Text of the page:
SDSU budget explained: Part 2

SDSUs Green Initiative Project helps combat the drought. Photo by Kevin Serrano, Staff Photographer

SDSU’s Green Initiative Project helps combat the drought. Photo by Kevin Serrano, Staff Photographer

by Luke Henning

As discussed in The Daily Aztec’s previous budget explainer, state allocations are a key source of funding for California State University.

In 2013-14, California received almost $145.3 billion in revenue, mostly from personal income and sales taxes, as well as taxes on liquor, tobacco, corporations and more, and almost $7 billion in bonds.

That money is split up among the many state obligations—the largest is health and human services, which was allotted almost $46 billion, followed by K-12 education, which received nearly $40 billion.

Next is higher education, with a total allocation of about $11.4 billion. Out of that, the CSU system received more than $2.3 billion, or 1.6 percent of the total budget. The CSU Board of Trustees distributes those funds based on its own policy.

Starting in the 2013-14 fiscal year, Gov. Jerry Brown introduced a four-year plan for higher education funding based on four key points: annual state funding increases, tuition freezes, more freedom in capital project funding, and funding that isn’t tied to specific goals (such as enrollment numbers).

According to the Legislative Analyst’s Office, Brown plans to continue this plan with his proposed 2014-15 budget.

The governor’s proposed budget has been criticized by the LAO for focusing on keeping tuition flat rather than accomplishing statewide goals such as “student access and success.” It also suggested ending the freeze on tuition increases and raising an additional $84 million for the CSU system from tuition and $125 million from the state.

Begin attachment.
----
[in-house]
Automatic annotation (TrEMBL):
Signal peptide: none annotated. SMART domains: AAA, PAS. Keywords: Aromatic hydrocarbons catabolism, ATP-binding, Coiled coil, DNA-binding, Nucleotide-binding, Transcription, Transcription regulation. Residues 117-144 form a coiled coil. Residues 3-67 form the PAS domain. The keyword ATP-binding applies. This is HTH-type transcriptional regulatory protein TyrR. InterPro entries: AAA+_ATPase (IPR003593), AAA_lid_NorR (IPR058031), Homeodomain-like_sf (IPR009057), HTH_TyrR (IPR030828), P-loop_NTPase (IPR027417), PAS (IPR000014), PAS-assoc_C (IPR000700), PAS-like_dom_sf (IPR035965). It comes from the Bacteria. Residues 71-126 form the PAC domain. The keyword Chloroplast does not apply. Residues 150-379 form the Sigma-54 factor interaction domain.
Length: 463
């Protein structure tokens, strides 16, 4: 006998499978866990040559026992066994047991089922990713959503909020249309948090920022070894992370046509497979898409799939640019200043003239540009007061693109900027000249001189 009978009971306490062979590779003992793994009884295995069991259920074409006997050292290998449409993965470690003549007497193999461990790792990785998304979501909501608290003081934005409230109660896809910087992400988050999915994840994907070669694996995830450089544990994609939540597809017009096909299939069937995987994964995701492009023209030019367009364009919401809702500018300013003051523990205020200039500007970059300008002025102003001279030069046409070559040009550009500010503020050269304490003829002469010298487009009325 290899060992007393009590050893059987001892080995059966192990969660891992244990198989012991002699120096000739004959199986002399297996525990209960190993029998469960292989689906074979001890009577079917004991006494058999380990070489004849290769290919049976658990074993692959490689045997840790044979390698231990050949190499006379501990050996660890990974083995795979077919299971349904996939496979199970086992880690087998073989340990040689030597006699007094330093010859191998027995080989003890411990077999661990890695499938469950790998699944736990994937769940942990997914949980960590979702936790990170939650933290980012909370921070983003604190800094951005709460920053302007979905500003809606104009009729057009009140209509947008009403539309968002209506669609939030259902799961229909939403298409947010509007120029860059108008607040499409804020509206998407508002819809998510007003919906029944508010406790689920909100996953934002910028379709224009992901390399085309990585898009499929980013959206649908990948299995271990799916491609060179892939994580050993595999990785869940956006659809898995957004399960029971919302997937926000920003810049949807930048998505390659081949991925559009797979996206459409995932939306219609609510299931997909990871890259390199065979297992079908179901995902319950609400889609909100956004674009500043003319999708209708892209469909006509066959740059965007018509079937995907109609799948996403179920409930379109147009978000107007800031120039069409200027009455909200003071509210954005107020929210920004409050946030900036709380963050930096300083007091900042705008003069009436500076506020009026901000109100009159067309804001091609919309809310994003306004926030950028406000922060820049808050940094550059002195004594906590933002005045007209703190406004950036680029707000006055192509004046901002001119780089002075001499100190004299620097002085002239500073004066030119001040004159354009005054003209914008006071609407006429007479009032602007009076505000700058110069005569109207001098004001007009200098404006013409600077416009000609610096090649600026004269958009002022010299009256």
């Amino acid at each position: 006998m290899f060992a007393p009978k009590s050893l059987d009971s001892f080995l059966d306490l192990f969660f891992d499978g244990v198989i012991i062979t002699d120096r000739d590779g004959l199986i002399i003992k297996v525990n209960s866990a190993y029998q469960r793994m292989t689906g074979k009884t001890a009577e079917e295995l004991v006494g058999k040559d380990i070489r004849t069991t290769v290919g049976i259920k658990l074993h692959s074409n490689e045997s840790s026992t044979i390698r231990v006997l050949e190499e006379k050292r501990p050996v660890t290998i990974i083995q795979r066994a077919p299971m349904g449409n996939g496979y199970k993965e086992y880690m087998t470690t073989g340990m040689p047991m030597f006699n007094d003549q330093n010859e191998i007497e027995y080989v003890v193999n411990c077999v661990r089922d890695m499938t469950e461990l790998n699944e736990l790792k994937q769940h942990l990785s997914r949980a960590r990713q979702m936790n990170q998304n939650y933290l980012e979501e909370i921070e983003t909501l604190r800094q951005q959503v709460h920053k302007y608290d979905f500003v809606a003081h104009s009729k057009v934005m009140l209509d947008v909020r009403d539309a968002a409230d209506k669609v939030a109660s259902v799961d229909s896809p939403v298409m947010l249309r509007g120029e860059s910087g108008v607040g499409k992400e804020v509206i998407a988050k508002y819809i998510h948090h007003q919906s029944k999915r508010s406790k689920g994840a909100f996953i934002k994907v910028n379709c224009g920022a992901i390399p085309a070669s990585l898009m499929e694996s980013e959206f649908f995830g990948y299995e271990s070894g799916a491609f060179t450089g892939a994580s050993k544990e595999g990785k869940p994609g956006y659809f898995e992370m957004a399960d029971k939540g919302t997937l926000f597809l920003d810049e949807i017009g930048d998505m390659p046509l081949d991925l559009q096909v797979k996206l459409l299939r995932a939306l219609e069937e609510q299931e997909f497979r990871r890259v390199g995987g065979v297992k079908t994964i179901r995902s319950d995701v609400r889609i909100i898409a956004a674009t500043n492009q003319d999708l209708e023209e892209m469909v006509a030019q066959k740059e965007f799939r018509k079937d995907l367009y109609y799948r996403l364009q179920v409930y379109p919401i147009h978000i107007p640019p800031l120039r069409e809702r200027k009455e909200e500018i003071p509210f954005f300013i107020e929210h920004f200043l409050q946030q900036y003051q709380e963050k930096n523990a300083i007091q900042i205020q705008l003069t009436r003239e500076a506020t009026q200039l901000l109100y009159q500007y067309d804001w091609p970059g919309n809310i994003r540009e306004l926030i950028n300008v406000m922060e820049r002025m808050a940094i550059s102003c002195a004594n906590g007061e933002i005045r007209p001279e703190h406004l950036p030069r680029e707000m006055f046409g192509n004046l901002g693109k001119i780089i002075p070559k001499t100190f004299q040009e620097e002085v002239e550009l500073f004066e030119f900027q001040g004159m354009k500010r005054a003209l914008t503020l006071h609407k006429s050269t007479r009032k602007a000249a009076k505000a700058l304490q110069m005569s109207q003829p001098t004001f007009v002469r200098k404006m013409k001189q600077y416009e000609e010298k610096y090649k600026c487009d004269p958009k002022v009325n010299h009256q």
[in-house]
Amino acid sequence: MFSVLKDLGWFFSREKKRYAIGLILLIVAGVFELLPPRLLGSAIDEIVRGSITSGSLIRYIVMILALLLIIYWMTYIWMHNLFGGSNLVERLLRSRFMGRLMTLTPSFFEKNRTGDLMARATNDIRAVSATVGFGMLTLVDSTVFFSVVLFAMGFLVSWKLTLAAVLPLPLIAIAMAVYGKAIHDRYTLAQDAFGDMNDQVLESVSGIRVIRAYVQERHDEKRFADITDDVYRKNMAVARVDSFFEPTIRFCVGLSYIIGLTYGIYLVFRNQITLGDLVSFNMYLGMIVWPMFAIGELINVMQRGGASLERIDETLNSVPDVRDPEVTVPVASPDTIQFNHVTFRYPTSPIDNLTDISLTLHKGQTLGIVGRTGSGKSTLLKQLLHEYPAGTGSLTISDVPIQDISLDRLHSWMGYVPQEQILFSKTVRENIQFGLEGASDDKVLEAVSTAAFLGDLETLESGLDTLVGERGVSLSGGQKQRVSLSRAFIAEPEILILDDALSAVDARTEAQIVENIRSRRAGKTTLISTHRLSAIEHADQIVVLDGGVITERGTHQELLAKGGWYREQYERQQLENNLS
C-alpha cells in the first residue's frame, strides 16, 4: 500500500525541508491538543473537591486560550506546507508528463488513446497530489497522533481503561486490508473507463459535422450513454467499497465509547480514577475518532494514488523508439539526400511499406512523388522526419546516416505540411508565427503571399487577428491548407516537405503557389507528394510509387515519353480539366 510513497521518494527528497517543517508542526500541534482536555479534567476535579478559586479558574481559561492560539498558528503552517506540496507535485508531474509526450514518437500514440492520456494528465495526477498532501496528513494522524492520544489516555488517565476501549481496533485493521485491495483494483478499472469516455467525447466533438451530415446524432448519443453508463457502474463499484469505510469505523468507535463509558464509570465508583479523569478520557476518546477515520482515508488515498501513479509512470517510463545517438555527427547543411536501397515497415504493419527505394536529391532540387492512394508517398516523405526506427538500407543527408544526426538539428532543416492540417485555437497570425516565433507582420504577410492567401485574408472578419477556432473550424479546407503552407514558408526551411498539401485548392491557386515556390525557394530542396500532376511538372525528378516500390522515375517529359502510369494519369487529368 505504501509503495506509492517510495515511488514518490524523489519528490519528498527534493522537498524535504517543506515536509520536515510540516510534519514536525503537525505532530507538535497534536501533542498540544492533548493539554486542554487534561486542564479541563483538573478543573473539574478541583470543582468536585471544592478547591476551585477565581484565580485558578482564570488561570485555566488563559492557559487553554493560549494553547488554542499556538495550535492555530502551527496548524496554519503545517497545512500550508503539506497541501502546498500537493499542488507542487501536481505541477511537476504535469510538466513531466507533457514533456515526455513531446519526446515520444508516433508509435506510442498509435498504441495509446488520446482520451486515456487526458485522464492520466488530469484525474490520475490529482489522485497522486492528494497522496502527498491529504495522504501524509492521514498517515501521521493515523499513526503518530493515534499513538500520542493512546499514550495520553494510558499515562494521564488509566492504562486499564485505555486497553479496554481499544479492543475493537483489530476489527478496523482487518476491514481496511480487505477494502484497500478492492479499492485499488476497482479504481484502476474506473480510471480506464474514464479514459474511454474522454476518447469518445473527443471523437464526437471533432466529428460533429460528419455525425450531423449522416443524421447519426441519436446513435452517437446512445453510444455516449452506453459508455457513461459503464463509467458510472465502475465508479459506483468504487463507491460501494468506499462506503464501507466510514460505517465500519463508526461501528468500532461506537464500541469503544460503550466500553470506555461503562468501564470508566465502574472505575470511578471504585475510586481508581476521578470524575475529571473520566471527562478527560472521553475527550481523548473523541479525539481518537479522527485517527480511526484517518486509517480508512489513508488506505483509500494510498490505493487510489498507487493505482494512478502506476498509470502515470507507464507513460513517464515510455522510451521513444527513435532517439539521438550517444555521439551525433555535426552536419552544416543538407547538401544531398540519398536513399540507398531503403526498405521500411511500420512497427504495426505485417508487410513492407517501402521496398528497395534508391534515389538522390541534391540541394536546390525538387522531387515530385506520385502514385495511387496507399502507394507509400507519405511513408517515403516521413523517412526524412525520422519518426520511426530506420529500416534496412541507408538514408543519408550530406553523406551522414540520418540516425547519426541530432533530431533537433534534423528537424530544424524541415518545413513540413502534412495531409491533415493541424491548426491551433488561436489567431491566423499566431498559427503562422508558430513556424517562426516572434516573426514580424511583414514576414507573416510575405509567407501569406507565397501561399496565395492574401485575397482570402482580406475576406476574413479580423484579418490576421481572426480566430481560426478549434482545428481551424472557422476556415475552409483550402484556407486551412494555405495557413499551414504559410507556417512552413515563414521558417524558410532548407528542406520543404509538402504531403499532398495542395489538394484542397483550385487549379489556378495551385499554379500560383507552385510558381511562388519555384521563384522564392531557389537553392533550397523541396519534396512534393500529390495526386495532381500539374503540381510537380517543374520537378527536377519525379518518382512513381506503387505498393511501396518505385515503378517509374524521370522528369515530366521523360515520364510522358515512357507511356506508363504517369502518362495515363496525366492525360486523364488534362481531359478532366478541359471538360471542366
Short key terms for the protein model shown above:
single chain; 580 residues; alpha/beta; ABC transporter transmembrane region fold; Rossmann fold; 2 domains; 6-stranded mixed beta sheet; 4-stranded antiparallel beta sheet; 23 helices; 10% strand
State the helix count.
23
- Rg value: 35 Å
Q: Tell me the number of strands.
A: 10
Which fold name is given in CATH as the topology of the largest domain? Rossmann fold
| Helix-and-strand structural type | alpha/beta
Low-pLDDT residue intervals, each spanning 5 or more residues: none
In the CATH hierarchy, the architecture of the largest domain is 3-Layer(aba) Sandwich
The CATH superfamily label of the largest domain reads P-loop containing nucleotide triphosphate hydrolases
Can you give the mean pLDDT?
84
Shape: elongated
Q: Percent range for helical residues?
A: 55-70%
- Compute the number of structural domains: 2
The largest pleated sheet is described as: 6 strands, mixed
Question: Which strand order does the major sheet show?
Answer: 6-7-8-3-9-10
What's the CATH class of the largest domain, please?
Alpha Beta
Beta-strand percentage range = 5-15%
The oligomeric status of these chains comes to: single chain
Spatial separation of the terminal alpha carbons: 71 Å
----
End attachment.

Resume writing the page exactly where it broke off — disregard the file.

As it stands, however, Brown’s proposed budget would increase state funding of higher education by 10 percent. At a new total of $13 billion, if public education in California was its own state, it would have the 34th largest state budget. That increase would represent a 3 percent increase in per-student funding in the CSU system. Brown’s plan calls for additional 4 percent increases in 2015-16 and 2016-17.

While Brown’s 2014-15 budget is still far from a reality, he seemed poised to continue his commitment to flat tuitions and increased state funding for higher education.

California State Assemblywoman Shirley Weber said though Brown is pushing for a flat fee rate, it is unlikely he will take direct action toward colleges, such as SDSU, that add many of their own fees on top of the set CSU rate.

“It doesn’t make sense to punish schools that find their own way,” Weber said.

Tuition fees are set at a flat rate for all CSU schools. All school-specific fee increases must be approved by the CSU chancellor before taking effect, CSU Public Affairs Assistant Liz Chapin said.

“The state funding is distributed to each campus based on student enrollment,” Chapin said. “Outside of that schools may find other ways to supplement their income.”

The current flat rate for the CSU is $2,736 a semester or $5,472 a year for 6 units or more. These fees will stay stable for the next four years because of Prop 30, Chapin said.

On top of the flat rate all CSU students pay, Aztecs pay $647 in additional mandatory fees, which is composed of the following: a $35 Student Body Association Fee; a $237 Student Union Fee; a $25 Health Facilities Fee; a $175 Instructionally Related Activities Fee; a $150 Health Services Fee and a $25Library Use Fee.

These are all known as Category II fees. This type of fee generally requires some measure of student approval through a student referendum or alternative consultation method in order for the CSU chancellor to approve the fee.

These processes are mainly carried out by the SDSU Campus Fee Advisory Committee, which then advises SDSU President Elliot Hirshman on future fee increases.

The forum process being used to discuss the proposed Student Success Fee is an example of alternative consultation.

“We chose alternative consultation because we think it will more accurately reflect the opinion of the student body,” CFAC member Kathy LaMaster said.

Now that the forums for the Student Success Fee are complete CFAC will make a decision on Friday to either push for a new fee or revise its current proposal. Once the decision is made it will then be discussed with Hirshman.

If they push for a fee he will then have to petition the CSU chancellor for any further fee change.